The needs of an Adolescent
There is a lot of literature circulating about the needs of adolescents’. Biddulph accuses us of preparing our adolescents to ‘take on the world’ but in doing so, immersing them in a world ‘which is inhumanely busy, with little time left for nature, affection, dreaming or creating.’¹ Sifting through much of this information has led to the conclusion that schools can and should acknowledge this deficit. With carefully considered social and emotional wellbeing programs, we have the opportunity to provide what our girls need to be empowered, well-balanced young woman. Underlying the success of such programs, four basic needs are required, to ensure our daughters’ thrive.
Vision– some refer to this as a sense of purpose. This is aptly depicted in an old Hebrew poem
‘Like arrows in the hand of a warrior, so are the children of one’s youth. Happy is the man who has his quiver full of them.’²
An arrow is useless if it does not have a target, a destination. The same may be said of our youth. They need guidance, direction and to be well informed. As educators, I believe we must help students identify their strengths and then present the pathways, which will enhance these. The path a student takes may have sharp bends or maybe even end in a ‘no through road’ but this is why the next basic need is so important.
Encouragement/support– this is crucial for the child to know that they can change direction. The path is not fixed and is laden with self-exploration at each turn. Children need to know that they have someone in their corner. Someone who truly believes in them to be all they can be. They should feel empowered to step forward with confidence knowing that failure is a possibility but that they are well equipped to deal with this.
Failure is okay– our society is so focused on success that children hear very little of the hardship that faces most people, even those who we perceive as successful. It is important that children experience failure and I would argue more so during their schooling years. At school, they are protected by a safety net of care and genuine support. As adults, we should share our failings with our children. This allows them to see that it is okay and that even adults fail. It is in not learning or growing through our mistakes that we really ‘fail’. When we reflect and learn from our mistakes, we are experiencing real growth.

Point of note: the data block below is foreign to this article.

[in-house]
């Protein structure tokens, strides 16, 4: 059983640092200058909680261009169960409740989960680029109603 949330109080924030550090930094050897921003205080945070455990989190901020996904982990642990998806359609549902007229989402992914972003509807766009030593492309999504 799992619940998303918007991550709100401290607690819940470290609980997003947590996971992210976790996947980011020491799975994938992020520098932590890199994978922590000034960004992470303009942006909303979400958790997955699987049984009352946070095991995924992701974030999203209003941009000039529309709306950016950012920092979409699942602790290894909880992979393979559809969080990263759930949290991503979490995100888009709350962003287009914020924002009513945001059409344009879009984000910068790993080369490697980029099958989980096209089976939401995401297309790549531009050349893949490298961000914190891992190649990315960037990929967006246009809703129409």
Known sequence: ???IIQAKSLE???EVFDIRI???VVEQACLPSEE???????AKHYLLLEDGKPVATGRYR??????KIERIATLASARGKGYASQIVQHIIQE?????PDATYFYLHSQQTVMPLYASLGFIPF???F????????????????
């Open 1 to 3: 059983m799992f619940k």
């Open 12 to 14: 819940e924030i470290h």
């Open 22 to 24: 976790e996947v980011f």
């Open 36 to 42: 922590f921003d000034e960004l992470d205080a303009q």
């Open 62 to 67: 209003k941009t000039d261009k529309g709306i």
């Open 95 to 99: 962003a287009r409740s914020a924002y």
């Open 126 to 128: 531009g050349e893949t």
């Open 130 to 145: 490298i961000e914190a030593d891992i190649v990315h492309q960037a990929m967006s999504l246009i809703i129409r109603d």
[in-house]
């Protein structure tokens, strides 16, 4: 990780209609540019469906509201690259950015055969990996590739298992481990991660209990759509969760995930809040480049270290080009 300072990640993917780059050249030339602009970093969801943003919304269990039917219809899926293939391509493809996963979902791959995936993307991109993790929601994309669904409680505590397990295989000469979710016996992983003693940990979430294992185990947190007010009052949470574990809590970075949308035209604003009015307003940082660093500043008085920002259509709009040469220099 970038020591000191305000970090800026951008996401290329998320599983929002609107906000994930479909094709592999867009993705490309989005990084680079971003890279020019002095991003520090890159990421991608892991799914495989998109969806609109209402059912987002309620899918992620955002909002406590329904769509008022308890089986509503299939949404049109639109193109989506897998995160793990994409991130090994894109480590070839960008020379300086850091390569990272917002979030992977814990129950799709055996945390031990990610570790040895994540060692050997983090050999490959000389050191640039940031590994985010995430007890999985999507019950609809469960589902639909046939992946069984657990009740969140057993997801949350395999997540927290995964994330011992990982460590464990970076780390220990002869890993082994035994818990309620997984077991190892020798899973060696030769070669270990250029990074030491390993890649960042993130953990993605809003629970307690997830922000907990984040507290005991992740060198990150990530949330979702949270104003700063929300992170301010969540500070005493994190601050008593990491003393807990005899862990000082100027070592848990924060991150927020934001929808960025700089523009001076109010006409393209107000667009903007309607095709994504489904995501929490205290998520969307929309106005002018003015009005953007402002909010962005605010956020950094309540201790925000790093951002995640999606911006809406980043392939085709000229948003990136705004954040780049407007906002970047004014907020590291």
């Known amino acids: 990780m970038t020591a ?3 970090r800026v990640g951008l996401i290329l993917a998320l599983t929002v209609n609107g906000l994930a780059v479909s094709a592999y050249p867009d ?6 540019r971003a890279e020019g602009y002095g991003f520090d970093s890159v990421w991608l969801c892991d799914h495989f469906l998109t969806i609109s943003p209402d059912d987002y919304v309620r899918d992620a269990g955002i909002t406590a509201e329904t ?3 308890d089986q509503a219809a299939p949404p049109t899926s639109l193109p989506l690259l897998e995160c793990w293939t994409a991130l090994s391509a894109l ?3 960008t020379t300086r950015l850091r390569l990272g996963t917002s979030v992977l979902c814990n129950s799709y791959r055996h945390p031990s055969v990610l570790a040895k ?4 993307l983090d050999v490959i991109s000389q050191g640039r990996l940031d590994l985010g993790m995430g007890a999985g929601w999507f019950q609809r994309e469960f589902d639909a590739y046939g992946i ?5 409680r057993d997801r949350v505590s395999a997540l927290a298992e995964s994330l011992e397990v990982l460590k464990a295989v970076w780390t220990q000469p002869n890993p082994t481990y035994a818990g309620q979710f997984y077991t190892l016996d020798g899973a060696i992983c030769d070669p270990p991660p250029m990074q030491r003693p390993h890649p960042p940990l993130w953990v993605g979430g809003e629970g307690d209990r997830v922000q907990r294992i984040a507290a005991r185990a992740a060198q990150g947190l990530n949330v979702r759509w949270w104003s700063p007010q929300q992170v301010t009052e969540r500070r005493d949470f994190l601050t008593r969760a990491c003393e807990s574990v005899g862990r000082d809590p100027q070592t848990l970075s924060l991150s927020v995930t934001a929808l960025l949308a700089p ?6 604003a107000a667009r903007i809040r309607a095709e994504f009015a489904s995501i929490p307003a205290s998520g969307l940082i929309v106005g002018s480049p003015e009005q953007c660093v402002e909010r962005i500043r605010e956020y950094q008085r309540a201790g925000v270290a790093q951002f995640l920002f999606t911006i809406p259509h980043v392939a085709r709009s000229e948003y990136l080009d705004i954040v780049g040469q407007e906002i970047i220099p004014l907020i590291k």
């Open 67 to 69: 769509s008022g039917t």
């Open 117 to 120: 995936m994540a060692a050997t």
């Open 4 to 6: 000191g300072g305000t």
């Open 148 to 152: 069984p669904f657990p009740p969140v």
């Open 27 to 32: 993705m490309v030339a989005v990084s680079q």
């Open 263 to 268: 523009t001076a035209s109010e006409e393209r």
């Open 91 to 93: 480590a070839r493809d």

Be present– I believe that it is crucial that we are fully in the present when we speak with our children. Time is often the hardest commodity to provide and yet all the research suggests that spending time with our children raises their sense of belonging. I am guilty of reading emails while my daughter tells me about a lecture. No matter how long you spend with your child, be present, and be in the moment. They should not have to compete with our phones or the television for our attention. I know that this is easier said than done. Ironically, our mobiles can connect us with people anywhere around the globe and yet just as efficiently disconnect us from the person right in front of us.
Finally, I believe that as an educational institution we must provide a safe haven for our students. Parents are time poor so it is our responsibility to listen more actively, take the time to hear their concerns or problems and to offer probable alternatives. It is important that when the St Margaret’s girl comes to school she knows that it is an extension of her home. The values are the same. She feels empowered to be courageous and take risks. Curious to ask the questions that intrigue or even worry her. Respected for the young girl that she is and the woman that she is becoming. All the while knowing that she is developing a sound character which will face the challenges that the world can and will present. St Margaret’s has been empowering women since 1926 and will continue to do so well into the future.
Mrs Deborrah Francis
Head of Senior Girls, Wellbeing
- 10 things girls need most, Steve Biddulph 2017
Girls will be Girls, Joann Deak 2002